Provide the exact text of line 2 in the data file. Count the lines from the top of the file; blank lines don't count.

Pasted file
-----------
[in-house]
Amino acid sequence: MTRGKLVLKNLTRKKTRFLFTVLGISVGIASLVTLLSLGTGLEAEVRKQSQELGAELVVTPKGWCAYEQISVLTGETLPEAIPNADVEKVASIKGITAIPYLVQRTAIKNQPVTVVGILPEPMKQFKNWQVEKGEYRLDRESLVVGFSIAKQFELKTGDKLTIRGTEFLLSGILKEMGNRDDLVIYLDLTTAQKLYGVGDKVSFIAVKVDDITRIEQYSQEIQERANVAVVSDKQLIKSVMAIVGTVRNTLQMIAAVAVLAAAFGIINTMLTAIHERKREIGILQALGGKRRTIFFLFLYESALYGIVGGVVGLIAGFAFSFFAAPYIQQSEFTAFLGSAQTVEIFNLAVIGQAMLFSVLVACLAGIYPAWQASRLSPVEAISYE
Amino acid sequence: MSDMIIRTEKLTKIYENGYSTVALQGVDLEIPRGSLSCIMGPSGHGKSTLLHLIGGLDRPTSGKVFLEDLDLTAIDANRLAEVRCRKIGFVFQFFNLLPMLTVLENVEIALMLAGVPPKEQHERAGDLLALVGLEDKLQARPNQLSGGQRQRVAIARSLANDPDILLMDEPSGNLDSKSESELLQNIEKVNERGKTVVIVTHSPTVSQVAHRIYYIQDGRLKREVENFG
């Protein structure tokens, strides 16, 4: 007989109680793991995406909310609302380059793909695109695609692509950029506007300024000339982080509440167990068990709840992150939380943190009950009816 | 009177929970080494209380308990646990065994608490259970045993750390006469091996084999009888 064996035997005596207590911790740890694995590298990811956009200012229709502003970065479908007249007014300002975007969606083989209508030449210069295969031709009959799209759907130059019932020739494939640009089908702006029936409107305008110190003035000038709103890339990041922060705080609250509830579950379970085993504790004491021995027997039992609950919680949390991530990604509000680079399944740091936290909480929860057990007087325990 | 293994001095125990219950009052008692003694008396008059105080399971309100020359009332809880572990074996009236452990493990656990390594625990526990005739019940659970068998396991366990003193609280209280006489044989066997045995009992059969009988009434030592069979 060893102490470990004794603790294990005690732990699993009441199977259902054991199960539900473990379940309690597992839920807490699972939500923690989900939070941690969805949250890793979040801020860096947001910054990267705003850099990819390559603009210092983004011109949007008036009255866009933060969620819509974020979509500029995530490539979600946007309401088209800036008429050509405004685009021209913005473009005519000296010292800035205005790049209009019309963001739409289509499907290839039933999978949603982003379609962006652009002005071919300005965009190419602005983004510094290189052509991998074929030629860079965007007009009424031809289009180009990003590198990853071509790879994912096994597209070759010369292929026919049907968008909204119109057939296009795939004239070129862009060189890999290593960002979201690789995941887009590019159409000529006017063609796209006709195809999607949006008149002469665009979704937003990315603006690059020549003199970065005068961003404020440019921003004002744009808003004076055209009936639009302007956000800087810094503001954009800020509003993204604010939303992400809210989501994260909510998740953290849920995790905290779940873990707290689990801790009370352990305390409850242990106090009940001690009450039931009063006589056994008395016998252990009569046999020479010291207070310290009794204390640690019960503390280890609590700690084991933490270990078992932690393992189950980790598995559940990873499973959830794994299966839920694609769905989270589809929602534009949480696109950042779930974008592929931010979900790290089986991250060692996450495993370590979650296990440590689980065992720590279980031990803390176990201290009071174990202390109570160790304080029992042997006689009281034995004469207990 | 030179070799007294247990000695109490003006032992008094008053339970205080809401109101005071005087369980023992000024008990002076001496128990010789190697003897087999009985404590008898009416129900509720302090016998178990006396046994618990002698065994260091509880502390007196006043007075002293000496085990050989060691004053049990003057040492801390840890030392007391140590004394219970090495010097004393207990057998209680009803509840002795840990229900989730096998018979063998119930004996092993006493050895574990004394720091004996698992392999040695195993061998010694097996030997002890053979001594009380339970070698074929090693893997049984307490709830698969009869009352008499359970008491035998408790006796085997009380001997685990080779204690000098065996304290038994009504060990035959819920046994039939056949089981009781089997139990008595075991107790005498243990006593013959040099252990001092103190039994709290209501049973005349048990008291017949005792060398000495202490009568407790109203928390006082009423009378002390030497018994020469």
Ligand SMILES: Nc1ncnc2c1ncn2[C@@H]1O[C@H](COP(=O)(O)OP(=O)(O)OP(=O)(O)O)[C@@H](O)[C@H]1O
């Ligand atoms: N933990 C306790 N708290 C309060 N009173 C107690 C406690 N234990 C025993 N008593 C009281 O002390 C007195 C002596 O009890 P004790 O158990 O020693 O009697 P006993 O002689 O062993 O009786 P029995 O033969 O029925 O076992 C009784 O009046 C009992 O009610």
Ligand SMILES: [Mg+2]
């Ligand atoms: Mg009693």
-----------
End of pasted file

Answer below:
Amino acid sequence: MTRGKLVLKNLTRKKTRFLFTVLGISVGIASLVTLLSLGTGLEAEVRKQSQELGAELVVTPKGWCAYEQISVLTGETLPEAIPNADVEKVASIKGITAIPYLVQRTAIKNQPVTVVGILPEPMKQFKNWQVEKGEYRLDRESLVVGFSIAKQFELKTGDKLTIRGTEFLLSGILKEMGNRDDLVIYLDLTTAQKLYGVGDKVSFIAVKVDDITRIEQYSQEIQERANVAVVSDKQLIKSVMAIVGTVRNTLQMIAAVAVLAAAFGIINTMLTAIHERKREIGILQALGGKRRTIFFLFLYESALYGIVGGVVGLIAGFAFSFFAAPYIQQSEFTAFLGSAQTVEIFNLAVIGQAMLFSVLVACLAGIYPAWQASRLSPVEAISYE